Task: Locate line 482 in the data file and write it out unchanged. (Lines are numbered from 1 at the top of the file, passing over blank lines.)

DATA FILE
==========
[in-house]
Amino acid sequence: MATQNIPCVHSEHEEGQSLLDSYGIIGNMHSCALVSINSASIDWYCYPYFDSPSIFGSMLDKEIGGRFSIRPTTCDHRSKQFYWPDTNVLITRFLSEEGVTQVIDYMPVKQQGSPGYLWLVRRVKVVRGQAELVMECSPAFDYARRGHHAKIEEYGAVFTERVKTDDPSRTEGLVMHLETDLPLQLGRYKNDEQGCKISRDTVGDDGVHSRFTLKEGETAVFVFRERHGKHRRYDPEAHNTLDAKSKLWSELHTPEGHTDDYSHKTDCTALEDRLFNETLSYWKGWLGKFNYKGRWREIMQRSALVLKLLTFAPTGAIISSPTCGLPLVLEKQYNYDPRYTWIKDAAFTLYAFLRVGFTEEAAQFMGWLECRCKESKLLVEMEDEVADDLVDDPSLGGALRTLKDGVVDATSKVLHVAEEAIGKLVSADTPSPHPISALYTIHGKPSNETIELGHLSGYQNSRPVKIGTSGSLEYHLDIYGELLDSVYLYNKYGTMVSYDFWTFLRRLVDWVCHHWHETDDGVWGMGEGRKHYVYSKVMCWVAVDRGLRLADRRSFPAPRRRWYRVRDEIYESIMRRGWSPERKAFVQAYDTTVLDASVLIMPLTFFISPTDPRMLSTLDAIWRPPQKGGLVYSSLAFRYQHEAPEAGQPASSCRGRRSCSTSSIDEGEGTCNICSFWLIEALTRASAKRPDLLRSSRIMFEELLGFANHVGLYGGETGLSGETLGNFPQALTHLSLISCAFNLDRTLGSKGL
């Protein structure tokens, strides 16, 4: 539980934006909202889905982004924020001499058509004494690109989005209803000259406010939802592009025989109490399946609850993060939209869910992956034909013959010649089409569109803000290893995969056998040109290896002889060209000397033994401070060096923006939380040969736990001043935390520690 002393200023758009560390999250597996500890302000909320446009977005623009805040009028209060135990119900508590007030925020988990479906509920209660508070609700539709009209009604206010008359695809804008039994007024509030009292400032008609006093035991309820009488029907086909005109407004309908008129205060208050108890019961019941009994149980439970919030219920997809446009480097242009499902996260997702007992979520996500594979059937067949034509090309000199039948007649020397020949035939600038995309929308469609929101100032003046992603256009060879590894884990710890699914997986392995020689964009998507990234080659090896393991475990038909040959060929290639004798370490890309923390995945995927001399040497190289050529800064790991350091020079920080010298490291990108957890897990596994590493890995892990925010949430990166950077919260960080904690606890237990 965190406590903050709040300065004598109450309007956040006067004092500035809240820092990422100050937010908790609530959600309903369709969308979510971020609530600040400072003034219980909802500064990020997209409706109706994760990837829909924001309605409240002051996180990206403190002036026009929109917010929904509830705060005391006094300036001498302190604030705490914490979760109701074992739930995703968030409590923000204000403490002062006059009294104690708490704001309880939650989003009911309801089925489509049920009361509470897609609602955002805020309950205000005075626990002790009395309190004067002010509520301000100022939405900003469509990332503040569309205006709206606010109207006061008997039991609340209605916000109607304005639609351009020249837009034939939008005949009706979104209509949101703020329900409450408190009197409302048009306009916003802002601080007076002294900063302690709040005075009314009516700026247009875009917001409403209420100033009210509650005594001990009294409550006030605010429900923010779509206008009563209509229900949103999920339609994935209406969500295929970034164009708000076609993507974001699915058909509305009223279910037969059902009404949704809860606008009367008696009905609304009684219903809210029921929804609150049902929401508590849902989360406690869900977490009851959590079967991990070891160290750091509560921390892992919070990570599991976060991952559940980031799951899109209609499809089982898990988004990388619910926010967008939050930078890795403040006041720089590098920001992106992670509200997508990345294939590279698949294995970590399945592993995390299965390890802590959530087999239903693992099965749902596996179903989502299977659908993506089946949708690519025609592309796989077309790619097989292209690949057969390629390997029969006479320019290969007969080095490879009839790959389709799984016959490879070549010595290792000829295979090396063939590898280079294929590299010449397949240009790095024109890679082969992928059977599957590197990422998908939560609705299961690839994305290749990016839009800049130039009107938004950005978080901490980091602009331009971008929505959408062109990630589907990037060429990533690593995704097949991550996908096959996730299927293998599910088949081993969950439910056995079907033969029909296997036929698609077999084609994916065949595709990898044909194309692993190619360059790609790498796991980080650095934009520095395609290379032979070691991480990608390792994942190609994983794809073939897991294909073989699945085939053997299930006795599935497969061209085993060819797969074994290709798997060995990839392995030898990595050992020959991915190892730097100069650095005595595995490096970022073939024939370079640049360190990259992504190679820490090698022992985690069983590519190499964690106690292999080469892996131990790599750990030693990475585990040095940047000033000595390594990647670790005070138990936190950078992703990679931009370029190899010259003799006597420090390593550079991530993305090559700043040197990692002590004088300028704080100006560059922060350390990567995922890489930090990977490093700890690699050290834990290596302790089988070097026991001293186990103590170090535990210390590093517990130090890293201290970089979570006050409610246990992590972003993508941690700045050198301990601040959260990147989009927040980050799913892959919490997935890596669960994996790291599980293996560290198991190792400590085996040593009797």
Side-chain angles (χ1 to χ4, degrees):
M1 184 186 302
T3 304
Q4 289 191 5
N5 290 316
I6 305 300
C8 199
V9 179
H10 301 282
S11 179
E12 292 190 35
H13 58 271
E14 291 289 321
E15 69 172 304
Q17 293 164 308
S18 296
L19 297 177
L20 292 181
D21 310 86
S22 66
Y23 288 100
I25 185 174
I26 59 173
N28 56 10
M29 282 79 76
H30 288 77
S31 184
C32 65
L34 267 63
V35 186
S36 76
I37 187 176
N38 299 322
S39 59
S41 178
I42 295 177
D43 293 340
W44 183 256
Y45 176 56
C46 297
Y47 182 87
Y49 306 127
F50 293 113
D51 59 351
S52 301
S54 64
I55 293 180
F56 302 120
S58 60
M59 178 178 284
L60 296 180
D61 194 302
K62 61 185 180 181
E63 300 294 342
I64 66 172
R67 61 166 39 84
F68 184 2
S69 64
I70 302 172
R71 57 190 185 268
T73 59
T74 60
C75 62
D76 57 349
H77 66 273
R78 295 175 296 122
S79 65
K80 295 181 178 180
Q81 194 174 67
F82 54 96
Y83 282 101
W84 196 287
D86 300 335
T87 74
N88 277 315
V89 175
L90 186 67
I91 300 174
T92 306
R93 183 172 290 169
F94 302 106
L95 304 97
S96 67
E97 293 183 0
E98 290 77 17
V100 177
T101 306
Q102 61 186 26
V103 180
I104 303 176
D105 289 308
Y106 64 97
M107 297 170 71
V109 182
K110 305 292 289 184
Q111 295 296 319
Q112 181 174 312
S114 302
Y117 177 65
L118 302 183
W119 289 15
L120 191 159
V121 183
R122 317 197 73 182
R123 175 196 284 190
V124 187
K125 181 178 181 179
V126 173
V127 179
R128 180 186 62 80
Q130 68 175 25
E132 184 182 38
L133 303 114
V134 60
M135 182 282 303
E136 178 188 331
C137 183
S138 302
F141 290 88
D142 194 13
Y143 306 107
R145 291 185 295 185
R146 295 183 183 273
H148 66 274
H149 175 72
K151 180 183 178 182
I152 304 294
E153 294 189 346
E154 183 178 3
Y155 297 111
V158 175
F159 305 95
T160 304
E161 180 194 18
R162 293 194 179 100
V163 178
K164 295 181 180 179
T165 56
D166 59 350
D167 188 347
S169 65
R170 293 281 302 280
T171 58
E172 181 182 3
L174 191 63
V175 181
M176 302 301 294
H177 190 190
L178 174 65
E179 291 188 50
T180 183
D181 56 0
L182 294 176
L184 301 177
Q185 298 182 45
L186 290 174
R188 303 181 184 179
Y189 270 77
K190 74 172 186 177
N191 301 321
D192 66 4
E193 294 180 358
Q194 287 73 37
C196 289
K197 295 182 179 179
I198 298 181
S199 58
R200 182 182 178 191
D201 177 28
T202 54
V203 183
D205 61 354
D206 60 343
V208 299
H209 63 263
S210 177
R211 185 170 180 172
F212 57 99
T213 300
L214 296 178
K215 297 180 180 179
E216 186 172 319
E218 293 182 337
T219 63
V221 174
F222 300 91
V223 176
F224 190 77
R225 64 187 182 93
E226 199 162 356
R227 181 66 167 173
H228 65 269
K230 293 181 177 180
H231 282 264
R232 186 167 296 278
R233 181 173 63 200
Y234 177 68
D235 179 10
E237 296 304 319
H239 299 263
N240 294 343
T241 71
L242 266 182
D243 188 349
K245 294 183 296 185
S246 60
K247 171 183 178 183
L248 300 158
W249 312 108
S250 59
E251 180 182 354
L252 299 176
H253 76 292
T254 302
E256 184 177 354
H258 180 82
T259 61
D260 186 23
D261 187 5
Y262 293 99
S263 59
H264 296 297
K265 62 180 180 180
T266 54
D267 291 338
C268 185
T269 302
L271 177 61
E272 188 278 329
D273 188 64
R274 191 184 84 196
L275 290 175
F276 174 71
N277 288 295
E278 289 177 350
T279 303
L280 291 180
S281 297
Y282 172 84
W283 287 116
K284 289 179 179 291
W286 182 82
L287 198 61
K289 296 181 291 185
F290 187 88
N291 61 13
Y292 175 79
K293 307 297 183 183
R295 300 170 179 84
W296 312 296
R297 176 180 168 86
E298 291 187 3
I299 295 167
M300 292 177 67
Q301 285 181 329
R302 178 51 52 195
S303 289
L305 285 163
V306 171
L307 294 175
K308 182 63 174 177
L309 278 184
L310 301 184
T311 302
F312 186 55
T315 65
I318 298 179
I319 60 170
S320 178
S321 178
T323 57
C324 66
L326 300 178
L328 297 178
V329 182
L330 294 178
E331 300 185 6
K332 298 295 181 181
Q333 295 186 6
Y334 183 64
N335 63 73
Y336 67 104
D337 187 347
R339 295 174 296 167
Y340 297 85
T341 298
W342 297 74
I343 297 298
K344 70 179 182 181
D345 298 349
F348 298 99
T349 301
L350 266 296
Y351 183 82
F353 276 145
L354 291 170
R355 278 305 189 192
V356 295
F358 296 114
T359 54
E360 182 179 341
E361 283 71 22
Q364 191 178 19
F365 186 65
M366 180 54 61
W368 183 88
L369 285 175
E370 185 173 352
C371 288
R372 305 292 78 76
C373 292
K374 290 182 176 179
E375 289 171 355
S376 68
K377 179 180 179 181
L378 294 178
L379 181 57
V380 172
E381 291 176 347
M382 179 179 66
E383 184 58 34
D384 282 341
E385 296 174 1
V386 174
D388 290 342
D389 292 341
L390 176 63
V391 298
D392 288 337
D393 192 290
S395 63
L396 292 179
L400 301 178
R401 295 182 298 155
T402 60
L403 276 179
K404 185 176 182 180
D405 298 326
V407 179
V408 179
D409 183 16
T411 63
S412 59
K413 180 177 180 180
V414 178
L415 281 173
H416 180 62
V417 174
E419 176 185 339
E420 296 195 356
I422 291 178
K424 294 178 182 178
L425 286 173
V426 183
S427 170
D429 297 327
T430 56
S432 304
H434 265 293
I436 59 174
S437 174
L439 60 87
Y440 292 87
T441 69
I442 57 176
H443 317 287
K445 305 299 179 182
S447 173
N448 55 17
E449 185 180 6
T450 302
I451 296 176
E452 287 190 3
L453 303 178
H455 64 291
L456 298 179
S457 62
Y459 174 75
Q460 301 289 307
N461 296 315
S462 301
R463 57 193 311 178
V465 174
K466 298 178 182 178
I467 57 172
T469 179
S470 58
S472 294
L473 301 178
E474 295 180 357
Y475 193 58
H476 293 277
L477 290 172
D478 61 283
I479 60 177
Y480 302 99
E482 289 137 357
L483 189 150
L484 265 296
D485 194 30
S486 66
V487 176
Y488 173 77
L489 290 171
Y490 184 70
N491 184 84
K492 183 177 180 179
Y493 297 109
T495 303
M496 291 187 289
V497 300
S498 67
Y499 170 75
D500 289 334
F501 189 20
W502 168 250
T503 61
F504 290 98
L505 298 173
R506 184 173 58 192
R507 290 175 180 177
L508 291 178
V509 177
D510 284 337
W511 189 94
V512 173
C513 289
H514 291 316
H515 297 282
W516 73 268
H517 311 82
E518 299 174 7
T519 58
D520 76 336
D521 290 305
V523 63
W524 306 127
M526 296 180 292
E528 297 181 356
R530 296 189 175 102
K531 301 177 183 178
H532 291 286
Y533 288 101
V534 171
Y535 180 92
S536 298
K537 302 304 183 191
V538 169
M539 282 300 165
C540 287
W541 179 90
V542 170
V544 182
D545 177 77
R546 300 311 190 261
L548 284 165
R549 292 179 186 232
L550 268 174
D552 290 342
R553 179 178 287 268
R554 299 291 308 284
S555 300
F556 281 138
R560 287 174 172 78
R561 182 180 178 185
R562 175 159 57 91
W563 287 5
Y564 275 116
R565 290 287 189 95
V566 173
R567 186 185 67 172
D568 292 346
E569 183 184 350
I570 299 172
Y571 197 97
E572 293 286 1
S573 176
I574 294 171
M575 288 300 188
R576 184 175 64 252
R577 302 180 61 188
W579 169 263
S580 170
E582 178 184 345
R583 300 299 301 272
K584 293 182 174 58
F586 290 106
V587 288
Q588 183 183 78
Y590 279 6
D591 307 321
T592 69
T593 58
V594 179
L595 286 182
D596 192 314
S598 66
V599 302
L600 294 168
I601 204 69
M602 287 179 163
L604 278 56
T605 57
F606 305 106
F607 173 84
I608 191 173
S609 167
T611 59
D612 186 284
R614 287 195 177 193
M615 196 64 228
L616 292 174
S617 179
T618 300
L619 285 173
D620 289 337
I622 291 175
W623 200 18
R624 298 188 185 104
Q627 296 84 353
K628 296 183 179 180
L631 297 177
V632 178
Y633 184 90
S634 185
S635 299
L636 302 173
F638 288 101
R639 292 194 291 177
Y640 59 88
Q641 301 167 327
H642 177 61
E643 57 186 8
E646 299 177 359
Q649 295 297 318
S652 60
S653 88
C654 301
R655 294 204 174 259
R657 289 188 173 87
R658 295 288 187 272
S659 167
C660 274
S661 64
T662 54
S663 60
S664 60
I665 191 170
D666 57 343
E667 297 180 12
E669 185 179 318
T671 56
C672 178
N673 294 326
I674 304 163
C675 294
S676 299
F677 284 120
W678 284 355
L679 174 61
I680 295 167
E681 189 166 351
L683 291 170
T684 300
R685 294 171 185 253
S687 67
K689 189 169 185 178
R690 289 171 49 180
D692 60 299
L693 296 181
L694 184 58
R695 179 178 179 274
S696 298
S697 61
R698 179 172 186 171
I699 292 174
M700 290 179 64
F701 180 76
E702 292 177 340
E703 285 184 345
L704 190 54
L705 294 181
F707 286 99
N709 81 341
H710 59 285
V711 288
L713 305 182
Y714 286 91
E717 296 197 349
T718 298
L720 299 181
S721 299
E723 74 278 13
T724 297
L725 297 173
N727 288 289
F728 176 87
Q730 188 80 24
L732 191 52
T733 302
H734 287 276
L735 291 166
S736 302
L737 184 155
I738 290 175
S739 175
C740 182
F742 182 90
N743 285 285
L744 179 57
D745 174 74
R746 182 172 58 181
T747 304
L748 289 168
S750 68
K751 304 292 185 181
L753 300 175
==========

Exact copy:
M575 288 300 188